SatuGO is a combination of a bouncing ball and a camera with the purpose to make it more fun to take pictures. Throw the SatuGO camera and it takes a picture where it hits a surface, or set the timer and take pictures from far up in the air. Besides this SatuGO also has secondary functions such as webcam and mobile data storage. SatuGO is about the size of a normal tennis ball but where the tennis ball has air SatuGO has a 3 mega pixel camera.
Why should I have a SatuGO?
SatuGO is a fun alternative to the ordinary camera. The wish is to make the photographer an active part of the picture by throwing the camera into the motive. SatuGO is not intended to take "pretty" pictures, this is also why it doesn't have a screen, you have to get to a computer to see what you have captured.
How does it work?
You can take pictures with SatuGO by simply throwing it, when it hits a surface it takes a picture. SatuGO also has a built in timer and flash.
To activate either the flash or the timer, SatuGO has to be placed in the holder, now the user has to beat a specific rhythm on either the red or the black rubber part of the ball.
If the user chooses the timer he can punch seconds into it, the time chosen will be the interval for how often the camera will take a picture. When the camera is taken out of the holder the time starts.
To see the motives that have been captured, the SatuGO needs to be connected to a computer using the belt clip. The belt clip also works as a USB connector. SatuGOs internal battery is charged while pictures and data are transferred to the computer.
Where can SatuGO be used?
SatuGO can be used almost anywhere. It is very rugged and can handle bumps, hits and naturally also water. SatuGO is primarily thought as a fun alternative to normal cameras, with endless possibilities, e.g. if you are skiing, running, out diving, partying or if you just want to be at home and use SatuGO as your webcam.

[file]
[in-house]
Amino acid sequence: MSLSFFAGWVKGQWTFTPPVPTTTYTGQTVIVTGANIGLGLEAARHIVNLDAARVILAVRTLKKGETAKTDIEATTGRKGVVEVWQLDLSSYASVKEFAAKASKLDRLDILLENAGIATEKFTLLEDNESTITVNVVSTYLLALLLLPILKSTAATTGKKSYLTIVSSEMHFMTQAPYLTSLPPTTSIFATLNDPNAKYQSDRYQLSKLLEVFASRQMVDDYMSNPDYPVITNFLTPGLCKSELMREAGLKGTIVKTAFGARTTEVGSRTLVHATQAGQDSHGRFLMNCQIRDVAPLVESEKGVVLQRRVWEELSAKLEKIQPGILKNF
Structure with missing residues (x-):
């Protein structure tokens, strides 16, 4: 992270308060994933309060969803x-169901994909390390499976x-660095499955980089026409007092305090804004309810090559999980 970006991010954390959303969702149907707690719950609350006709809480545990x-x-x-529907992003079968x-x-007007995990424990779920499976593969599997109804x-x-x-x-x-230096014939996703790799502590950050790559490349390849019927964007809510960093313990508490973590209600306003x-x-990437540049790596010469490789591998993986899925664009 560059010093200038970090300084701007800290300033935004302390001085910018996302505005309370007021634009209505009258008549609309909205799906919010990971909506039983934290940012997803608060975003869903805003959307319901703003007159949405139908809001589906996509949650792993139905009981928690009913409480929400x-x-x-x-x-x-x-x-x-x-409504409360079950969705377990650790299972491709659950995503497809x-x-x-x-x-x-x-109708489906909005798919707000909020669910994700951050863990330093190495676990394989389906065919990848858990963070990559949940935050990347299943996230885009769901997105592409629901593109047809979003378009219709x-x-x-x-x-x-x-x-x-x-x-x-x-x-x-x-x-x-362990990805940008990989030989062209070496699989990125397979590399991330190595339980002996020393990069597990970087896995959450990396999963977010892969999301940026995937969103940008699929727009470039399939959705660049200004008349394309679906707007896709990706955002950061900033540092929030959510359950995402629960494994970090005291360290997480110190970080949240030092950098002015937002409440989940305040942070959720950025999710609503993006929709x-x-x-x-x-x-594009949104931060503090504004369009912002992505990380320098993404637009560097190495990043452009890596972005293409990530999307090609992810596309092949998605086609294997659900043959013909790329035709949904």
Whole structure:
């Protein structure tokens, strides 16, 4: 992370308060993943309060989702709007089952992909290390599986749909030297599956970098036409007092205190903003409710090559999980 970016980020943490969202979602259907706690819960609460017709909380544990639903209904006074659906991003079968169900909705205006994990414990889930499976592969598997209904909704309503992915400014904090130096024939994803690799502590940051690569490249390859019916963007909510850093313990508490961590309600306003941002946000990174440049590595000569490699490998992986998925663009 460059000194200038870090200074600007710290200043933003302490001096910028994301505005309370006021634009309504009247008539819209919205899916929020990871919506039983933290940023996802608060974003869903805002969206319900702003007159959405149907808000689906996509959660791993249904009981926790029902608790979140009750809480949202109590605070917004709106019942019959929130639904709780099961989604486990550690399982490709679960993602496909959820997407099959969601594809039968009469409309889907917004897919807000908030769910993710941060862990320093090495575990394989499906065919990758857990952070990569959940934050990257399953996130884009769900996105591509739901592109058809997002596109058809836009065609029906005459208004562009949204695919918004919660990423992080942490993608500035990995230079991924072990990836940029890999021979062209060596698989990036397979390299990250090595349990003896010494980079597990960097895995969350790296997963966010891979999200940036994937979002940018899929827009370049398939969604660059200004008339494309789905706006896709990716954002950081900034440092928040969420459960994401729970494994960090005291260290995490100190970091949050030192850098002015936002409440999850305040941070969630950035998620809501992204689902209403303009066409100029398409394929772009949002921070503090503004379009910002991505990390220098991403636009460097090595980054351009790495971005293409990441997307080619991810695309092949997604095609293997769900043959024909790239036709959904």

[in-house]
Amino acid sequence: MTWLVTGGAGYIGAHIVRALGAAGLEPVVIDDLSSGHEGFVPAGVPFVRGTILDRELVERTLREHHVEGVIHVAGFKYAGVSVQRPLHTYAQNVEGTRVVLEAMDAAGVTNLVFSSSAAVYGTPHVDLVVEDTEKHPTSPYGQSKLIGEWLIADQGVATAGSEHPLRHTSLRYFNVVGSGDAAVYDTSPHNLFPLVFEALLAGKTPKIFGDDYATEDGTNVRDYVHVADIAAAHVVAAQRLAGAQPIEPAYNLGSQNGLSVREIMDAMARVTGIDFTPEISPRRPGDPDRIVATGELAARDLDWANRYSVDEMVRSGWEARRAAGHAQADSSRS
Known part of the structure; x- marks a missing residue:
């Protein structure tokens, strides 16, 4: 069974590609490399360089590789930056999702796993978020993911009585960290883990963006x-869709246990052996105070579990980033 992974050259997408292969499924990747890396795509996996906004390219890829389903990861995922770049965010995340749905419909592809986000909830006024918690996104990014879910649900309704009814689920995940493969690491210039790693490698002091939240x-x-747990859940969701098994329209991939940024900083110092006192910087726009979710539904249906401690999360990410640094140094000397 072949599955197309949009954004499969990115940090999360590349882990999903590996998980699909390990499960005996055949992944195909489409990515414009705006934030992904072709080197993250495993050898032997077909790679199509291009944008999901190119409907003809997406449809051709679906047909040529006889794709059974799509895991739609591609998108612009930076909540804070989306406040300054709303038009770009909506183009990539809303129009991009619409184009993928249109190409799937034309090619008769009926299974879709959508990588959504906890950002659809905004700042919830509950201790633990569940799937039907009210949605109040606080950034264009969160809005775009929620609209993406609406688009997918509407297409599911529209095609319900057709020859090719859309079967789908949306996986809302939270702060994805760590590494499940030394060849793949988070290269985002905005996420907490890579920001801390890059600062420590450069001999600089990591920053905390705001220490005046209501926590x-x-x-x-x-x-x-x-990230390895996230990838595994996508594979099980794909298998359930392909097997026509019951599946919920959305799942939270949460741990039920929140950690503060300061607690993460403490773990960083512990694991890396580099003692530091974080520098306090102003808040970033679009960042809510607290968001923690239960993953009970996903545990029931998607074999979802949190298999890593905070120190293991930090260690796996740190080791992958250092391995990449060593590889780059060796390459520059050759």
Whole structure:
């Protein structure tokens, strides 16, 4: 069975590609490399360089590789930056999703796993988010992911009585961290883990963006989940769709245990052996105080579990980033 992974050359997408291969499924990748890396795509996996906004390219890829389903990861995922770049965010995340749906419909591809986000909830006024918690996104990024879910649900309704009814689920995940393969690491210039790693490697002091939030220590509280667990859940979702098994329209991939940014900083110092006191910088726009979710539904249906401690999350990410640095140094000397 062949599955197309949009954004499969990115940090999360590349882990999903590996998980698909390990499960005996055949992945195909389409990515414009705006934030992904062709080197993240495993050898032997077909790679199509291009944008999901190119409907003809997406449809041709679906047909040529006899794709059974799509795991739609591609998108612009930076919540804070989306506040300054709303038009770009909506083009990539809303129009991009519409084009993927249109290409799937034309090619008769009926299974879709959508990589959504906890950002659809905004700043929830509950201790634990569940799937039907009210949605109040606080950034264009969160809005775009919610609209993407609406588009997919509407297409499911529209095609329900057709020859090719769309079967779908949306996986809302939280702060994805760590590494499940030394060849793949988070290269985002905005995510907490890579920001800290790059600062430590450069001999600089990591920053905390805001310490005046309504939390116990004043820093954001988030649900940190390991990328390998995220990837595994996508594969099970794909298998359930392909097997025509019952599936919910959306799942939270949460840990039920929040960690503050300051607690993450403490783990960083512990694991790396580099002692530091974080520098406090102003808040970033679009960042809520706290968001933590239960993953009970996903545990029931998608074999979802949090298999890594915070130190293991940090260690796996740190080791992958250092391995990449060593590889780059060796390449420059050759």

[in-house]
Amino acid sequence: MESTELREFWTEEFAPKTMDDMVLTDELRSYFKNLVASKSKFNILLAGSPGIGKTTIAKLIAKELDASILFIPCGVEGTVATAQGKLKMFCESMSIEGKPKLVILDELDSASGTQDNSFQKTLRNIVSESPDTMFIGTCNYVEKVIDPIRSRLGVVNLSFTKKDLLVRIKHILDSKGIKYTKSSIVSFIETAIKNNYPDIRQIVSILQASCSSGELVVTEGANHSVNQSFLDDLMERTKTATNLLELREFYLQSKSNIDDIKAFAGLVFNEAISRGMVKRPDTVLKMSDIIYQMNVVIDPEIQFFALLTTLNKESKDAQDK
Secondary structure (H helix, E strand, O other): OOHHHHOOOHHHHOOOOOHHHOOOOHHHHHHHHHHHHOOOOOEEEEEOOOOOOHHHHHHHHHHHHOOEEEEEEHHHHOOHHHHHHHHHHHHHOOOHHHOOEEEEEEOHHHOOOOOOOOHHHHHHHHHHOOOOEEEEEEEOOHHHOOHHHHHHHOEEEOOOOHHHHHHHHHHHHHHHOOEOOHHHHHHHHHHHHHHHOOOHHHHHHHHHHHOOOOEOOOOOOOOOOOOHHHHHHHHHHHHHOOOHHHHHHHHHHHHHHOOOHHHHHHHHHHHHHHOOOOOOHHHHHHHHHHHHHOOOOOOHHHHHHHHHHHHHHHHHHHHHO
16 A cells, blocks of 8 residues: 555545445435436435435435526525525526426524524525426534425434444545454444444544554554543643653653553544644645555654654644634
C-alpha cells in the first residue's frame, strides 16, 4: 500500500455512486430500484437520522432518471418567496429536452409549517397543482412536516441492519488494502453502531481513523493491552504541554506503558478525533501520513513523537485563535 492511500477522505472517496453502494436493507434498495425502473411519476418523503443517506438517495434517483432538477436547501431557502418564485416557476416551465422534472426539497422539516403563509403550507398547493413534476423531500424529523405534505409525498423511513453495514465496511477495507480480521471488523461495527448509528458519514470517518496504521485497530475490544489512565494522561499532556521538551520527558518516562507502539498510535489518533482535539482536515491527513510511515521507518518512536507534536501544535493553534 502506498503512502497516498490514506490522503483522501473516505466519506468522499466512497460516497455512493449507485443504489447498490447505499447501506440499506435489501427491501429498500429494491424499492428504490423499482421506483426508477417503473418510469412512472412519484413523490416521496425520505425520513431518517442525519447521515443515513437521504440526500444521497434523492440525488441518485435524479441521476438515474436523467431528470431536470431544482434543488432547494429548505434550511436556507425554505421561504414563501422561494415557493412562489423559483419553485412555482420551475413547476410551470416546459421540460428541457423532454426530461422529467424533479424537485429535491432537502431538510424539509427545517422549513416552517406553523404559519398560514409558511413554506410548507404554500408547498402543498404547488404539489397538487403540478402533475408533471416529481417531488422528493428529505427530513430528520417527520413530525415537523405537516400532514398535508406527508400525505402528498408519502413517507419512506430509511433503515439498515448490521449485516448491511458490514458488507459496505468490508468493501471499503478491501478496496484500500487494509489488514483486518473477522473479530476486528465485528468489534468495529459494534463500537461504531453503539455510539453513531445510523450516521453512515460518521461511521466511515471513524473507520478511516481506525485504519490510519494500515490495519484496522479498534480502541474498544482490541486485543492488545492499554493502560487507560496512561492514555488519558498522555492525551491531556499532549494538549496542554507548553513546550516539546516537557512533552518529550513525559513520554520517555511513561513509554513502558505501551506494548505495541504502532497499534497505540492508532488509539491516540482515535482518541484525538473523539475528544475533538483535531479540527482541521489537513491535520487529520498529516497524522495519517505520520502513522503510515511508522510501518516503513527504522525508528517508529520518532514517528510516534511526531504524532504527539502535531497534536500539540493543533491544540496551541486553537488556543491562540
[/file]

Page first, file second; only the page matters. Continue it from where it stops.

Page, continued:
Who buys a SatuGO?
The typical SatuGO user is a person that sees possibilities in everything he sees - a person that just has to capture the world from new and crazy perspectives.
The typical SatuGO user is a person that is not afraid to confront the world and see it from totally different and crazy perspectives; this could be everyone, from the skater on the street to the businessman, who really just is a big boy.
When can I buy my SatuGO?
SatuGO is still only a concept product!
Often it is very hard to get out with a totally new concept, because producers and investors run a big risk by investing in new ideas. We have tried to accommodate this by making a website with the purpose to gather the SatuGO customers already before SatuGO is set into production. The website works as a kind of public subscription with the purpose to make the commercial market possibilities visible to potential investors. Interested users can register on the website to be one of the first to be offered a SatuGO without being required to buy one, at the same time investors can see how many that are interested in buying a SatuGO camera.
Eschel Jacobsen Industriel Designer (MA)
Mads Ny Larsen Interaktions Designer (MA)